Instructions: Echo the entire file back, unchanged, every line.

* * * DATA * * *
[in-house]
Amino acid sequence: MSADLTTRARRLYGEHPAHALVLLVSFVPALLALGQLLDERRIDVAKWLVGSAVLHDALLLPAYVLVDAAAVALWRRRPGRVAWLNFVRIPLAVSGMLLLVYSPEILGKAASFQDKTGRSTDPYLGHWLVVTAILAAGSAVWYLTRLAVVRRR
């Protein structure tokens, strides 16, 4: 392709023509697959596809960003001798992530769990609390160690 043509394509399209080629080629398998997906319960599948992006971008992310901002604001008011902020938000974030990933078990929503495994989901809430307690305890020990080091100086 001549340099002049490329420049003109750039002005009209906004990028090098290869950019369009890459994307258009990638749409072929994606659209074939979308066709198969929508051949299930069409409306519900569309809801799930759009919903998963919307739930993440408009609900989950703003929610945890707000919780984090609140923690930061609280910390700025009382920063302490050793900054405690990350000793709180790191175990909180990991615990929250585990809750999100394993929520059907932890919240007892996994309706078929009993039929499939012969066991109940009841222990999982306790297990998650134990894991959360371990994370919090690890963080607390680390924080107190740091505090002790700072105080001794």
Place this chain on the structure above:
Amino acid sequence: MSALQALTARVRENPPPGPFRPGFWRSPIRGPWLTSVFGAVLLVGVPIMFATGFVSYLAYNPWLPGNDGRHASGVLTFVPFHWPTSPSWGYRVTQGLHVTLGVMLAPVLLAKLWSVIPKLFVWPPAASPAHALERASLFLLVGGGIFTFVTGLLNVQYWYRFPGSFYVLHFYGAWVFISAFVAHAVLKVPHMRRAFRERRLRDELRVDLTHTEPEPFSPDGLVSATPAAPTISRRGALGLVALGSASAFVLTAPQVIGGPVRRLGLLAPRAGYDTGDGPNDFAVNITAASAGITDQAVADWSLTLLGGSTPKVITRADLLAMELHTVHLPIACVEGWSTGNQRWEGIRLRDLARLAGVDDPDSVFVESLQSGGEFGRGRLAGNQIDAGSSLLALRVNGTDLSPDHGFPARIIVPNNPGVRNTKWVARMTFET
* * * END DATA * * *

[in-house]
Amino acid sequence: MSADLTTRARRLYGEHPAHALVLLVSFVPALLALGQLLDERRIDVAKWLVGSAVLHDALLLPAYVLVDAAAVALWRRRPGRVAWLNFVRIPLAVSGMLLLVYSPEILGKAASFQDKTGRSTDPYLGHWLVVTAILAAGSAVWYLTRLAVVRRR
């Protein structure tokens, strides 16, 4: 392709023509697959596809960003001798992530769990609390160690 043509394509399209080629080629398998997906319960599948992006971008992310901002604001008011902020938000974030990933078990929503495994989901809430307690305890020990080091100086 001549340099002049490329420049003109750039002005009209906004990028090098290869950019369009890459994307258009990638749409072929994606659209074939979308066709198969929508051949299930069409409306519900569309809801799930759009919903998963919307739930993440408009609900989950703003929610945890707000919780984090609140923690930061609280910390700025009382920063302490050793900054405690990350000793709180790191175990909180990991615990929250585990809750999100394993929520059907932890919240007892996994309706078929009993039929499939012969066991109940009841222990999982306790297990998650134990894991959360371990994370919090690890963080607390680390924080107190740091505090002790700072105080001794």
Place this chain on the structure above:
Amino acid sequence: MSALQALTARVRENPPPGPFRPGFWRSPIRGPWLTSVFGAVLLVGVPIMFATGFVSYLAYNPWLPGNDGRHASGVLTFVPFHWPTSPSWGYRVTQGLHVTLGVMLAPVLLAKLWSVIPKLFVWPPAASPAHALERASLFLLVGGGIFTFVTGLLNVQYWYRFPGSFYVLHFYGAWVFISAFVAHAVLKVPHMRRAFRERRLRDELRVDLTHTEPEPFSPDGLVSATPAAPTISRRGALGLVALGSASAFVLTAPQVIGGPVRRLGLLAPRAGYDTGDGPNDFAVNITAASAGITDQAVADWSLTLLGGSTPKVITRADLLAMELHTVHLPIACVEGWSTGNQRWEGIRLRDLARLAGVDDPDSVFVESLQSGGEFGRGRLAGNQIDAGSSLLALRVNGTDLSPDHGFPARIIVPNNPGVRNTKWVARMTFET